And not every hospital does it the same way and not every hospital has the same charge master, transaction code master. So everybody has a different way of looking at their data. But at the end of the day, the most important thing is to get it in the right bucket.

Mike: And if a hospital has reached final settlement with their cost report, do they have to re-open it or can they amend?

DeLicia: They’re just going to resubmit the 2014 and ’15. You don’t have to go through a re-opening or an amendment. You just need to go get with your MACs, resubmit your 2014, 2015, and if need be, your 2016 cost report. So, it’s not as laborious as going through a re-opening or amending.

Mike: So, let’s talk about some of the details of the S10 itself. Will the S10 data be utilized in the calculation of uncompensated care?

DeLicia: Absolutely! So what it will be used for going forward as I alluded at the beginning is it’s going to be calculating. And the S10 schedule will tell CMS what the uncompensated care costs are which will be used to divvy up—I guess for lack of a better word, divvy up—hospital’s pro-rata share of the uncompensated care pool.

Now, I expect that the uncompensated care pool will either go down or up over the next couple of years as they re-evaluate the uninsured. But for the most part, this is the biggest change for hospitals that’s come out since one of the wage index changes.

So, this is very important. It will be used to calculate their uncompensated care.

Not to mention, several hospital associations have been talking about the possibility of the states using this for their supplemental funding mechanisms. So whereas typically, just historically, it would affect Medicare DSH, it may very well be used as the one source stop for uncompensated care and be used to divvy up the state’s supplemental funding.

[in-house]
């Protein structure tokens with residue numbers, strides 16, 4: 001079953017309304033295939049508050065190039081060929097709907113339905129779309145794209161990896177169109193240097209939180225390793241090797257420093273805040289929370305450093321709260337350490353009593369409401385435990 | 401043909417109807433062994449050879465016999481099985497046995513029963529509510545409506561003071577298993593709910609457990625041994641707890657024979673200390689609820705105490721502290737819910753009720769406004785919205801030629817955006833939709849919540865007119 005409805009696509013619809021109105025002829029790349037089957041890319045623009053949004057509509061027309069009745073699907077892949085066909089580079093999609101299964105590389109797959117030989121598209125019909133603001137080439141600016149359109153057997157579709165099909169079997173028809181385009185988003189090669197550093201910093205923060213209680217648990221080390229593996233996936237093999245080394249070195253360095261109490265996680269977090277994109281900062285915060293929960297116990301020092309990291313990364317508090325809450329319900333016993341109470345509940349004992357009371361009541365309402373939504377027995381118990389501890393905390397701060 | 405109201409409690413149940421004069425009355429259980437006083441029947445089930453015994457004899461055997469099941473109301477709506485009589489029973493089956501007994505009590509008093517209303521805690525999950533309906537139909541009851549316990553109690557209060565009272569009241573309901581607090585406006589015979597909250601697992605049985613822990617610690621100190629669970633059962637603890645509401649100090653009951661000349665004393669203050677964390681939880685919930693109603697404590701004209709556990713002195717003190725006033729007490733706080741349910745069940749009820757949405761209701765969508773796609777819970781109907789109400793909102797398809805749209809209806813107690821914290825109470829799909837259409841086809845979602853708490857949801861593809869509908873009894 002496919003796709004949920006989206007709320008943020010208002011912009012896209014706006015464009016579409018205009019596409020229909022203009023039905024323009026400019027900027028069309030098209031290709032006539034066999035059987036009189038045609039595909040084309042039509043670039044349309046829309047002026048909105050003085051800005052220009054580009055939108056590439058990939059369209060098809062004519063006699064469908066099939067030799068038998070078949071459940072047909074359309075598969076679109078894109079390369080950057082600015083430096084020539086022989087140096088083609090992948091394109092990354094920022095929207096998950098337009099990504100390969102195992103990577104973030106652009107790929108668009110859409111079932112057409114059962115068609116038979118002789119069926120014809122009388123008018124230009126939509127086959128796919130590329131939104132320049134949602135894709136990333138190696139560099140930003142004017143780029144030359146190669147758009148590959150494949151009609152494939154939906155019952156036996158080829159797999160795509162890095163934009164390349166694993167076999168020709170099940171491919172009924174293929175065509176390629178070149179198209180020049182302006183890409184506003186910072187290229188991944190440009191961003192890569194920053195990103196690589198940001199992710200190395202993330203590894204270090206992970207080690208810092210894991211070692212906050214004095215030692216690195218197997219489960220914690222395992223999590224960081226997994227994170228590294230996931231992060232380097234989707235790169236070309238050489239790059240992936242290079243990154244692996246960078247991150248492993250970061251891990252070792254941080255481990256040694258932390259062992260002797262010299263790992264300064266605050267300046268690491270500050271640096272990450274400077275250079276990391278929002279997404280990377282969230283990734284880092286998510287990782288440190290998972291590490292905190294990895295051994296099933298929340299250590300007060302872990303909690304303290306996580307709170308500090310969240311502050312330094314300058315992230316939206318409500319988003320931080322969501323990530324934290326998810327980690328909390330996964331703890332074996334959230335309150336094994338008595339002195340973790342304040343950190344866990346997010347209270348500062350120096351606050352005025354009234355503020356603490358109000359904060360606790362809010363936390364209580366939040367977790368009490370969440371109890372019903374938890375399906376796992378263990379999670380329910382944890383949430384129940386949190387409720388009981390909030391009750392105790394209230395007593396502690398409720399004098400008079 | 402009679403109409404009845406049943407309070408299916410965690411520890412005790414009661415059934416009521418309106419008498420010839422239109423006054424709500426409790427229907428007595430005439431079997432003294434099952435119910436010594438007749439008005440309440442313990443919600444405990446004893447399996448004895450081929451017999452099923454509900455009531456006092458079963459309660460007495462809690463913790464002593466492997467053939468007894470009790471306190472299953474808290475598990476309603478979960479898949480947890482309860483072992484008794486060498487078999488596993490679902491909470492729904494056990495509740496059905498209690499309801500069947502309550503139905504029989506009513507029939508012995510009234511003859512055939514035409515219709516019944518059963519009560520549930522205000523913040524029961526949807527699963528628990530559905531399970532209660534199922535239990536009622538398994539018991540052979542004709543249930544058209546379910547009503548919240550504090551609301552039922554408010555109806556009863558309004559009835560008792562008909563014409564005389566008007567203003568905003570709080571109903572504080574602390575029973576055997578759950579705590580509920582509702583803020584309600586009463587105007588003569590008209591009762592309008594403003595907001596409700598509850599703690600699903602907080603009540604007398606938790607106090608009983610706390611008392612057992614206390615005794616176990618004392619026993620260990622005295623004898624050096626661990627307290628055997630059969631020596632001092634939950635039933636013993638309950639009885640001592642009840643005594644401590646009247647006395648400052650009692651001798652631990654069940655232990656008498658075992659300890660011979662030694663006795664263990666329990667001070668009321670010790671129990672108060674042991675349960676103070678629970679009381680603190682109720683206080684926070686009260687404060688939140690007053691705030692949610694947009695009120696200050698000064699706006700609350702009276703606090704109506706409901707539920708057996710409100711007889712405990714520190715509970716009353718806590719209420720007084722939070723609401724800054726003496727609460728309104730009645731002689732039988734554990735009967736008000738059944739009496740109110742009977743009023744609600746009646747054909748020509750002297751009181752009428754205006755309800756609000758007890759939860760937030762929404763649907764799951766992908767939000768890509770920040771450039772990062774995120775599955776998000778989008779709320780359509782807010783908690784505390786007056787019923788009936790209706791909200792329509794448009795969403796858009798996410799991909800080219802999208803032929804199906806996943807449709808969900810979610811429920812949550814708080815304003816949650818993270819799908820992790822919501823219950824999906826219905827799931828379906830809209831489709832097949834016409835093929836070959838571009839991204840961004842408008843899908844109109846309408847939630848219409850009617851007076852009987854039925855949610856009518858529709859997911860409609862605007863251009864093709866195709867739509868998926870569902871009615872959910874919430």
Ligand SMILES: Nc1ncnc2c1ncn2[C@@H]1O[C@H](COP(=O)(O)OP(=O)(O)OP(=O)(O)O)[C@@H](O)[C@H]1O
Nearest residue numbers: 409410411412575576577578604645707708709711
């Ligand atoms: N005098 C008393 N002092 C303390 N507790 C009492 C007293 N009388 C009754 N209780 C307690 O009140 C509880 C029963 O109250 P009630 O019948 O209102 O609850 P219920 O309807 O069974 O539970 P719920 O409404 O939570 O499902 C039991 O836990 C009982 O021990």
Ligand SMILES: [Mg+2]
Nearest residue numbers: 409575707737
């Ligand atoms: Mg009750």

Examples are 1115 waiver, UPL programs—which really have gone away—and UC programs.

So, as you look at what you’re doing from a Medicare perspective, we want to make sure that the data that’s on your S10 is as accurate as possible because it may be used to drive another funding mechanism.

Mike: What is the single, most important feature of a hospital’s charity care policy?

DeLicia: The most important feature of the hospital charity care policy is following your policy. Make sure that you are following your policies to the T. CMS has said they’re not going to audit the ’14, ’15. But we do think that they’re going to come out and start auditing 2017.

So, as hospitals are very different in their policies and procedures, the one thing that CMS has always followed is: “Are you following your policies?” So if your policy says, let’s hypothetically say, a Medicare patient or a Medicaid patient, their charges are denied because it wasn’t covered, if you don’t have something in your policy and procedures that says, “If their Medicaid and their services were not covered, either not medically necessary, exhausted benefits, if your policy doesn’t say that these would be considered charity patients, then you can’t count them in your uninsured charity.”

So, you want to make sure that you’re following your charity policy. You can support on each patient that you’re following the charity policy.